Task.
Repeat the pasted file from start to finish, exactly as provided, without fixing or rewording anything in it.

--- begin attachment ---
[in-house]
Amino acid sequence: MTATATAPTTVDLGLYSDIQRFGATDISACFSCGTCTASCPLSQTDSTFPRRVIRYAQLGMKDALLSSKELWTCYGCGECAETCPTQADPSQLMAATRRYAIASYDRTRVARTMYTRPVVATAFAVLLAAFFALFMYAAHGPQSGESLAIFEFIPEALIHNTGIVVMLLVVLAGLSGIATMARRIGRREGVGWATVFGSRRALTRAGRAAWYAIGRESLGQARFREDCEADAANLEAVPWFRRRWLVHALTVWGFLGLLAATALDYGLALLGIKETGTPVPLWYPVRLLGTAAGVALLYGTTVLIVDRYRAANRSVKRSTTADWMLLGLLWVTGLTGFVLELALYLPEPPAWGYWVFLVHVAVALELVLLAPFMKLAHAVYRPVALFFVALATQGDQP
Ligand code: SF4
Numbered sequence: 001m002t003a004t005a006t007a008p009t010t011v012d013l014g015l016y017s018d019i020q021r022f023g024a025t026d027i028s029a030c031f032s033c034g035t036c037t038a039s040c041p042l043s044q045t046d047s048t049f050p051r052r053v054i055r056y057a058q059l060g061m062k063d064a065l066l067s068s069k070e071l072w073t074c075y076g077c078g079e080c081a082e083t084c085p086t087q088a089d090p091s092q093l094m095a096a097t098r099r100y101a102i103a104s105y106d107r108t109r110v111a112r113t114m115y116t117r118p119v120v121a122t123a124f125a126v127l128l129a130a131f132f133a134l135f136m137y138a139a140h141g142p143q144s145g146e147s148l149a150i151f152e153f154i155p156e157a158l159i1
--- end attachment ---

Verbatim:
[in-house]
Amino acid sequence: MTATATAPTTVDLGLYSDIQRFGATDISACFSCGTCTASCPLSQTDSTFPRRVIRYAQLGMKDALLSSKELWTCYGCGECAETCPTQADPSQLMAATRRYAIASYDRTRVARTMYTRPVVATAFAVLLAAFFALFMYAAHGPQSGESLAIFEFIPEALIHNTGIVVMLLVVLAGLSGIATMARRIGRREGVGWATVFGSRRALTRAGRAAWYAIGRESLGQARFREDCEADAANLEAVPWFRRRWLVHALTVWGFLGLLAATALDYGLALLGIKETGTPVPLWYPVRLLGTAAGVALLYGTTVLIVDRYRAANRSVKRSTTADWMLLGLLWVTGLTGFVLELALYLPEPPAWGYWVFLVHVAVALELVLLAPFMKLAHAVYRPVALFFVALATQGDQP
Ligand code: SF4
Numbered sequence: 001m002t003a004t005a006t007a008p009t010t011v012d013l014g015l016y017s018d019i020q021r022f023g024a025t026d027i028s029a030c031f032s033c034g035t036c037t038a039s040c041p042l043s044q045t046d047s048t049f050p051r052r053v054i055r056y057a058q059l060g061m062k063d064a065l066l067s068s069k070e071l072w073t074c075y076g077c078g079e080c081a082e083t084c085p086t087q088a089d090p091s092q093l094m095a096a097t098r099r100y101a102i103a104s105y106d107r108t109r110v111a112r113t114m115y116t117r118p119v120v121a122t123a124f125a126v127l128l129a130a131f132f133a134l135f136m137y138a139a140h141g142p143q144s145g146e147s148l149a150i151f152e153f154i155p156e157a158l159i1